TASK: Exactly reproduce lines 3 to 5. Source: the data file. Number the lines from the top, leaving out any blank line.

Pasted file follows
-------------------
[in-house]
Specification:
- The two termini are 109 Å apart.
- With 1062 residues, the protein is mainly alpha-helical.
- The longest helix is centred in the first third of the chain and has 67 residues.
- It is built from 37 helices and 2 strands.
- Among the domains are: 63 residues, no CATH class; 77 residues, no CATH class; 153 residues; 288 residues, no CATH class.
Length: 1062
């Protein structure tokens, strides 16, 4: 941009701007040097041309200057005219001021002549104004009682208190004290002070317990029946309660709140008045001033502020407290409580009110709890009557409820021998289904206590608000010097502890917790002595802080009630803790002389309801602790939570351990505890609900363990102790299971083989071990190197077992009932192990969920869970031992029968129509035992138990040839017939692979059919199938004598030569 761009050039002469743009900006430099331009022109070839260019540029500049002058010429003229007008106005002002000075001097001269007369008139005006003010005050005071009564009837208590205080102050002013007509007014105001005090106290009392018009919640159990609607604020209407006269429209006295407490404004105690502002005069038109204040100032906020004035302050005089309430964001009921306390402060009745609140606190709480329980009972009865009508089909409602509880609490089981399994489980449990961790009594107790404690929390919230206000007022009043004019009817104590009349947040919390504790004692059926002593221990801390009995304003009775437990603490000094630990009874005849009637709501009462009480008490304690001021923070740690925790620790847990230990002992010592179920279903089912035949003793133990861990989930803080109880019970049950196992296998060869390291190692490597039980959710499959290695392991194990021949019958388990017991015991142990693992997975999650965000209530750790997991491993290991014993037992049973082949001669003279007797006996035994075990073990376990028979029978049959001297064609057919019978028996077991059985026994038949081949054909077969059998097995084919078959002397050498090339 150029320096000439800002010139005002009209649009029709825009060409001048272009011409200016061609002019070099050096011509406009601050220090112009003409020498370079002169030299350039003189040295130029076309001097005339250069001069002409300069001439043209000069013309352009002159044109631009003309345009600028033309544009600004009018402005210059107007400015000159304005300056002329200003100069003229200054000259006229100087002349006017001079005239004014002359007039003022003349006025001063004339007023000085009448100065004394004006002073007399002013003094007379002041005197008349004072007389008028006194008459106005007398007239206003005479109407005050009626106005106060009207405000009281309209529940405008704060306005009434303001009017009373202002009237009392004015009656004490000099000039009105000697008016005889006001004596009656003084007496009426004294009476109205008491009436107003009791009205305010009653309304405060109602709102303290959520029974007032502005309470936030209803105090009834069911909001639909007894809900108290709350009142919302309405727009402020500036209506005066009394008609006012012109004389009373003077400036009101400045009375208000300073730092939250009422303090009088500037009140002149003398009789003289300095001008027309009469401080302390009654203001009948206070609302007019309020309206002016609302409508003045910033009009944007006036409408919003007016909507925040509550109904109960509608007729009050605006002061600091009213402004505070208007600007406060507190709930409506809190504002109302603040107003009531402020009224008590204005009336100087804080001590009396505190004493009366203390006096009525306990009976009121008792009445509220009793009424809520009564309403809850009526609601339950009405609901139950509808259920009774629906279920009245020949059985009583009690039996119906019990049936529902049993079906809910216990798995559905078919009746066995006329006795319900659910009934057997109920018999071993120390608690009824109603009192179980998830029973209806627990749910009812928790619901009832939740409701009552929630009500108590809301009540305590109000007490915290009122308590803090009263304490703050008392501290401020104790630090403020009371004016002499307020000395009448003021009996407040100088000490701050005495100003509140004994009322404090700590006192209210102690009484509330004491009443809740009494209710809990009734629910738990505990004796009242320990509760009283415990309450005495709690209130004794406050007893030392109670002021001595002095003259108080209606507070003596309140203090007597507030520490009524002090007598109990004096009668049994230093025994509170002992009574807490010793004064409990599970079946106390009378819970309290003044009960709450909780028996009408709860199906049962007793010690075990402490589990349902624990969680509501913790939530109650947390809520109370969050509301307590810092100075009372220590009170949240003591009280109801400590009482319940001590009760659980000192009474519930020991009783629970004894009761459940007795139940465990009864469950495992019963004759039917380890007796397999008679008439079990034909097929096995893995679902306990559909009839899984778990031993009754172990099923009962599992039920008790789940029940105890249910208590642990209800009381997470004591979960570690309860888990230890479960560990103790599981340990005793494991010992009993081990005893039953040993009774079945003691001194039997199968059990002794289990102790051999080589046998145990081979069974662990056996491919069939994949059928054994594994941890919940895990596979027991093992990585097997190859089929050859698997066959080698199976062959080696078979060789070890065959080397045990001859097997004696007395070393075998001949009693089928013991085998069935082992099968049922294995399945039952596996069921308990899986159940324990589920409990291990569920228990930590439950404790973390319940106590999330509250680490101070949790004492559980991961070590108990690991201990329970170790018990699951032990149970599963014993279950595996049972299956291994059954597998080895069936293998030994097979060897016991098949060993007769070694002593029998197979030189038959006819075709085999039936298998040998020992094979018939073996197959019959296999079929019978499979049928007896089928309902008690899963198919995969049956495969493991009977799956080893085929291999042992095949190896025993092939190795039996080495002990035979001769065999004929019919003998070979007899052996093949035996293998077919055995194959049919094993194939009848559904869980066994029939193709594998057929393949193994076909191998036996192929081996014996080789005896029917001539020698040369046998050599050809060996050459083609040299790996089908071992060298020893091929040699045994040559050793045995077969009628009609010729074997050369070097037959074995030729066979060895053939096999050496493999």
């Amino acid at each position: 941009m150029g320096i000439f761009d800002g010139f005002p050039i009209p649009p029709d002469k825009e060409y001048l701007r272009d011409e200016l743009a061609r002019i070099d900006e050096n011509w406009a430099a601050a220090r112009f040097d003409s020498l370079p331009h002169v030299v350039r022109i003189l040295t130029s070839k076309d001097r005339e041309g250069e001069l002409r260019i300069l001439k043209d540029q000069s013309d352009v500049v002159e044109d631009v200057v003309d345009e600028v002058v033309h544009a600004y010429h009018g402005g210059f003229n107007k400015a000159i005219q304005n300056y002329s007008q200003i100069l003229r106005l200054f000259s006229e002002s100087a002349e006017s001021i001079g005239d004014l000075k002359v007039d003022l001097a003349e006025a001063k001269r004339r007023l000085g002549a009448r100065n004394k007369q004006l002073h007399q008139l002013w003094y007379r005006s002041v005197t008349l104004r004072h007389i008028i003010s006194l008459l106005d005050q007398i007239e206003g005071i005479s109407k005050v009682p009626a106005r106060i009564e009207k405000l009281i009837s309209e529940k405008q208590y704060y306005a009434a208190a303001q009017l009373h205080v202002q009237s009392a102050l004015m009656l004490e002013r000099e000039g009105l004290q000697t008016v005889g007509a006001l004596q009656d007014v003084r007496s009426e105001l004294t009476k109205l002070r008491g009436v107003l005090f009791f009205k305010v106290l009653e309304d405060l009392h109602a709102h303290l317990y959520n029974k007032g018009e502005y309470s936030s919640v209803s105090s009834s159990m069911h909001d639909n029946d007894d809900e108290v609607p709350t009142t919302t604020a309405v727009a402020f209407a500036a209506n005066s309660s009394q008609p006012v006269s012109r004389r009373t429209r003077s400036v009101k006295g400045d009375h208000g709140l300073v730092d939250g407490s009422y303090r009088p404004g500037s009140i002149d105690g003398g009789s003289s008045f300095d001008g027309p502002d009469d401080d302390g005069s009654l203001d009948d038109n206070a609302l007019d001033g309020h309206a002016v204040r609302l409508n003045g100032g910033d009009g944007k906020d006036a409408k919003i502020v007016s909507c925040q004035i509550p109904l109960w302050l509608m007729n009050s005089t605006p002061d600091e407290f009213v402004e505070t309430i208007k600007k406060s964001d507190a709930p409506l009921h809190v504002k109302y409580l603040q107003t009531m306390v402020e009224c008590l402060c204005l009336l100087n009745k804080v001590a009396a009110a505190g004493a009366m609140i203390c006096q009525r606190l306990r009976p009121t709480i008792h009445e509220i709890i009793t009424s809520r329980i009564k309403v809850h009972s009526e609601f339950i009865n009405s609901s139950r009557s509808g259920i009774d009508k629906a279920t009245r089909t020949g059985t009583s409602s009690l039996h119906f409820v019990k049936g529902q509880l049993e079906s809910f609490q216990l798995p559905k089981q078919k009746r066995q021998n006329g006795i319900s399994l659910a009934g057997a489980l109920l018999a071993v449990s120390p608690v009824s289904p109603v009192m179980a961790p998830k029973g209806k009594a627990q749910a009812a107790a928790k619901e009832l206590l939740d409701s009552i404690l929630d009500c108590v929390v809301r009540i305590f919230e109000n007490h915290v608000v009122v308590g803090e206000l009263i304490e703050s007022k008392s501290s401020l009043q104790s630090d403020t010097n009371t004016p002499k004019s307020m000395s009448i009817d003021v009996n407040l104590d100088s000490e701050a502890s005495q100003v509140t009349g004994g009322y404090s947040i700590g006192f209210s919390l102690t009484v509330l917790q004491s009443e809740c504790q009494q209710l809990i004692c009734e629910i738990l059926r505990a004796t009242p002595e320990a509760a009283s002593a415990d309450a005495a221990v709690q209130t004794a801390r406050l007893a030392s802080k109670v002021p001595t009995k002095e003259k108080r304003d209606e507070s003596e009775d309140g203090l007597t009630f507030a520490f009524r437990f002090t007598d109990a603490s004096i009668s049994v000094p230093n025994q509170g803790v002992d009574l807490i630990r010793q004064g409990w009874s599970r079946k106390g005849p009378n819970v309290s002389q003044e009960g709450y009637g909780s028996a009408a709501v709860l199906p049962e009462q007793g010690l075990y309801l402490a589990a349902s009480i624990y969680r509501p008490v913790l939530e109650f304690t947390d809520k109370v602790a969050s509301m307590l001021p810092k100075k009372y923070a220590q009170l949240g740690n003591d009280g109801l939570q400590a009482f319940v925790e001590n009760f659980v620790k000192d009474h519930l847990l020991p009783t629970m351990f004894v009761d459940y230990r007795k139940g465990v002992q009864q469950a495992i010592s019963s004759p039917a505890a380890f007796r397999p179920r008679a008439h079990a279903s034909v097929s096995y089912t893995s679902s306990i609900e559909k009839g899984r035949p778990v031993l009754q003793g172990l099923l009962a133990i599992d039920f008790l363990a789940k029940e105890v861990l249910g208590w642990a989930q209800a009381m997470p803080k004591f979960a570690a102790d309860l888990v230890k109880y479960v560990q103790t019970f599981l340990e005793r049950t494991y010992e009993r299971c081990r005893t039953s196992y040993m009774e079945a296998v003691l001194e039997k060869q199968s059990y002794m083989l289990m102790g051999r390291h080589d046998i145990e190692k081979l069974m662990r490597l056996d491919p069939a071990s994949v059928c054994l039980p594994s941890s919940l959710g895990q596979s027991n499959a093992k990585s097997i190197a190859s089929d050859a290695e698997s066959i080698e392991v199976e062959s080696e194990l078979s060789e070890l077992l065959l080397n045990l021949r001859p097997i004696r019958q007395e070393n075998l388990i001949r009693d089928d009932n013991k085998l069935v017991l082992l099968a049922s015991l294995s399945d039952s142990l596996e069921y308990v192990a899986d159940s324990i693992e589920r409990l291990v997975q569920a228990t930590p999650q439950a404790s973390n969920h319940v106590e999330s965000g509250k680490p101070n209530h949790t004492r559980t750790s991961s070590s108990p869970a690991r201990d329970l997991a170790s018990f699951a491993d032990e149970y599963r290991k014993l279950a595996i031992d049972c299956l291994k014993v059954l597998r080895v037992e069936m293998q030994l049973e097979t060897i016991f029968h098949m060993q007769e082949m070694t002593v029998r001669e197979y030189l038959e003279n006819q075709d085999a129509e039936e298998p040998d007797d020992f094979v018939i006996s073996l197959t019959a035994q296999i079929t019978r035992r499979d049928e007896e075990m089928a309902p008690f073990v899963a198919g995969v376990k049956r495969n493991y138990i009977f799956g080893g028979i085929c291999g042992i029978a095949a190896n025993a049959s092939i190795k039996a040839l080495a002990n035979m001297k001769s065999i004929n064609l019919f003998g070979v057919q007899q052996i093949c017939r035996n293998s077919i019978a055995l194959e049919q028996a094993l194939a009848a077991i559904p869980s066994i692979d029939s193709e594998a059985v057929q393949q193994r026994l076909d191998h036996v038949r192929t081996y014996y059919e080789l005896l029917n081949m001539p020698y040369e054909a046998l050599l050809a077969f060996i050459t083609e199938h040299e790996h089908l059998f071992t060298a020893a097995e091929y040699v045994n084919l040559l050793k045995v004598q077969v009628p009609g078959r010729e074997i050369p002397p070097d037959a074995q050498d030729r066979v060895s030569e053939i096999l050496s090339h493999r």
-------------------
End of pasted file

- The two termini are 109 Å apart.
- With 1062 residues, the protein is mainly alpha-helical.
- The longest helix is centred in the first third of the chain and has 67 residues.